Paul Waldman

Paul Waldman is the Prospect's daily blogger and senior writer. He also blogs for the Plum Line at the Washington Post, and is the author of Being Right is Not Enough: What Progressives Must Learn From Conservative Success.

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Photo of the Day, Old-Timey Washington Edition

District of Columbia Public Library Commons

This photo is from the White House Easter Egg Roll, circa 1905. It was apparently taken not long after passage of the All Americans Must Wear Hats Act, a controversial piece of legislation that President Theodore Roosevelt signed despite not being much of a hat-wearer himself. It was repealed during World War I, to the great relief of a nation oppressed by mandatory hat-wearing, as part of the Headgear To Wargear program, under which hats were cut into pouches in which soldiers could carry spare ammunition.

Don't Worry About Jeb Bush — He'll Be Fine

A lot of the news around Jeb Bush of late has concerned his potential hurdles and the skepticism he supposedly inspires among the Republican base. So we get articles with titles like "In Iowa, Jeb Bush Risks Support With Unpopular Stances" and "NBC News Poll: Republicans Are Divided Over Jeb Bush Candidacy," which are true for the moment, but Jeb has far less cause for concern than it might appear.

Let's start with Iowa. Jeb Bush is probably not going to win the Iowa caucus, because Iowa Republicans are not only not like other Americans, they aren't even like other Republicans. Which is OK for Jeb, because all he has to do is lose respectably there, after which it'll be on to the much friendlier ground of New Hampshire. Just like Mitt Romney did in 2012 and John McCain did in 2008. We tend to forget, in all the attention Iowa gets, that winning there has little if any relationship to getting the nomination.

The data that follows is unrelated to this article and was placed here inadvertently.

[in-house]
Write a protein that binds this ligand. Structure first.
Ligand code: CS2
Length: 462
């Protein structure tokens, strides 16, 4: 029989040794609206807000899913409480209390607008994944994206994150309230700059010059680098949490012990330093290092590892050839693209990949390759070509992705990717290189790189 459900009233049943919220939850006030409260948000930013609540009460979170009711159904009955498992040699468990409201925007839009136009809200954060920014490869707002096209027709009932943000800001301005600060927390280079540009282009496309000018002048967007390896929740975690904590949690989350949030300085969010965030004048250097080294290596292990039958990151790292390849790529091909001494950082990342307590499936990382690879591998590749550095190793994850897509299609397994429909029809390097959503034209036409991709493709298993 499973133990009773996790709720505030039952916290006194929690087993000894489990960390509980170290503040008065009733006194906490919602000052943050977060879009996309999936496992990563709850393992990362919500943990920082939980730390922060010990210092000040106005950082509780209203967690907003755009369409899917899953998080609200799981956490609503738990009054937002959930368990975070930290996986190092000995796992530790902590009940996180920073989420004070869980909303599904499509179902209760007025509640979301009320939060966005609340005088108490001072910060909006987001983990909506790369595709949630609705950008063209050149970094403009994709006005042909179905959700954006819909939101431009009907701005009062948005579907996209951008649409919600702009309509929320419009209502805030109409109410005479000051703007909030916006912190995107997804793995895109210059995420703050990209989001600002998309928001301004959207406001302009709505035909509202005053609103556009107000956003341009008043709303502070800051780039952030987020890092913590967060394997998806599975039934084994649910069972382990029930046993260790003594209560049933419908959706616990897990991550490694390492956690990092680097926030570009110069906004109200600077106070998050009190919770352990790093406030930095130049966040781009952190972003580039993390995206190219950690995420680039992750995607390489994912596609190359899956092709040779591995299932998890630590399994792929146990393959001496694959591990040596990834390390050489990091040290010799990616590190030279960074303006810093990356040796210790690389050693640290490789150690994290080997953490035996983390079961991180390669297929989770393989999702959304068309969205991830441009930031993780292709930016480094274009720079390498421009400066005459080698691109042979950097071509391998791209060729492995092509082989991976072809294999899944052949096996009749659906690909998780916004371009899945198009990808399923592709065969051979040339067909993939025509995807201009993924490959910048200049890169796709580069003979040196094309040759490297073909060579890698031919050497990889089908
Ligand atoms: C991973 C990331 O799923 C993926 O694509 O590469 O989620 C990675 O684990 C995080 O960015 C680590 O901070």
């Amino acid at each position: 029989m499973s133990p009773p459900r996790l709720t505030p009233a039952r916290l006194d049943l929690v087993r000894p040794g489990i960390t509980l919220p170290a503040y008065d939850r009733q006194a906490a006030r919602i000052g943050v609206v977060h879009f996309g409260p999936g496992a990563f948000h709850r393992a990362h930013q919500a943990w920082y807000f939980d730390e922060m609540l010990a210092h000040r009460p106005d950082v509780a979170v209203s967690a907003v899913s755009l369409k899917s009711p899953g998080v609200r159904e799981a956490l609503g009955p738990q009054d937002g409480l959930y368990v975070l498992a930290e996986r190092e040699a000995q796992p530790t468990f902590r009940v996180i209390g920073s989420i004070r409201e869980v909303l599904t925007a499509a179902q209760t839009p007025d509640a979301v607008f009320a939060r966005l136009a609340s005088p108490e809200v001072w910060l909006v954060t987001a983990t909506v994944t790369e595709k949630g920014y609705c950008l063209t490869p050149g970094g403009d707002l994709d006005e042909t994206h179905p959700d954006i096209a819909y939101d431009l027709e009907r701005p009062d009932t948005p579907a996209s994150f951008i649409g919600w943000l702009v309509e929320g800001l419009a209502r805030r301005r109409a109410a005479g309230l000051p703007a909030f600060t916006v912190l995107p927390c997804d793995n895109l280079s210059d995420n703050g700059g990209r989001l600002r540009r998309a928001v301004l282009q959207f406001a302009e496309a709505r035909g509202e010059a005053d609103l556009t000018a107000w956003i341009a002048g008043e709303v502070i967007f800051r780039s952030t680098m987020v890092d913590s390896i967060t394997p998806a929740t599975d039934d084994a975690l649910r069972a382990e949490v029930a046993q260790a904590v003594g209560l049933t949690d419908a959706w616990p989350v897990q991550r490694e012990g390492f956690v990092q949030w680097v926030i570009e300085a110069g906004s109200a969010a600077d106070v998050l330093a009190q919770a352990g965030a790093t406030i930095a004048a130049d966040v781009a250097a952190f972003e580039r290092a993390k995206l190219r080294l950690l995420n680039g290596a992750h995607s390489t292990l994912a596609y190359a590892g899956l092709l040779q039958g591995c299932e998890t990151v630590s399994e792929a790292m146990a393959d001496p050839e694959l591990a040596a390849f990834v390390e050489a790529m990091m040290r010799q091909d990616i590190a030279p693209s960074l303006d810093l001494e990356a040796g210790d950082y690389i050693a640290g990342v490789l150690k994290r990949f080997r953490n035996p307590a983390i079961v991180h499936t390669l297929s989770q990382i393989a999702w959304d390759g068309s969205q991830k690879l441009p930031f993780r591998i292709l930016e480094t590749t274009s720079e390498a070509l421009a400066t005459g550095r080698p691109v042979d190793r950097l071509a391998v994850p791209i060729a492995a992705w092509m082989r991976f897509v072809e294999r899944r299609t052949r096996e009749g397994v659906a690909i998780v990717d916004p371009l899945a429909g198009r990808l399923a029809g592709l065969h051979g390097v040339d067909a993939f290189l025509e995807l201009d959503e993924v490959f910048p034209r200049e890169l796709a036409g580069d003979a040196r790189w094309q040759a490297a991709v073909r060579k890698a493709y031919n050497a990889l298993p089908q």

Second, it's true that many Republicans are looking askance at Jeb now; in that NBC poll, 49 percent said they could see themselves voting for him, while 42 percent said they couldn't. Those aren't good numbers, but when Republicans get asked a question like that today, they're comparing their imaginary perfect candidate with Jeb—whom they don't really know all that well, but do know is another Bush (i.e. old news) and do know has some less conservative positions on a couple of issues. When only 17 percent say they couldn't see themselves voting for Scott Walker (compared to 53 percent who could) it's largely because while they don't know much about Walker, they haven't heard anything they didn't like. So as far as they're concerned, he might turn out to be that fantasy candidate.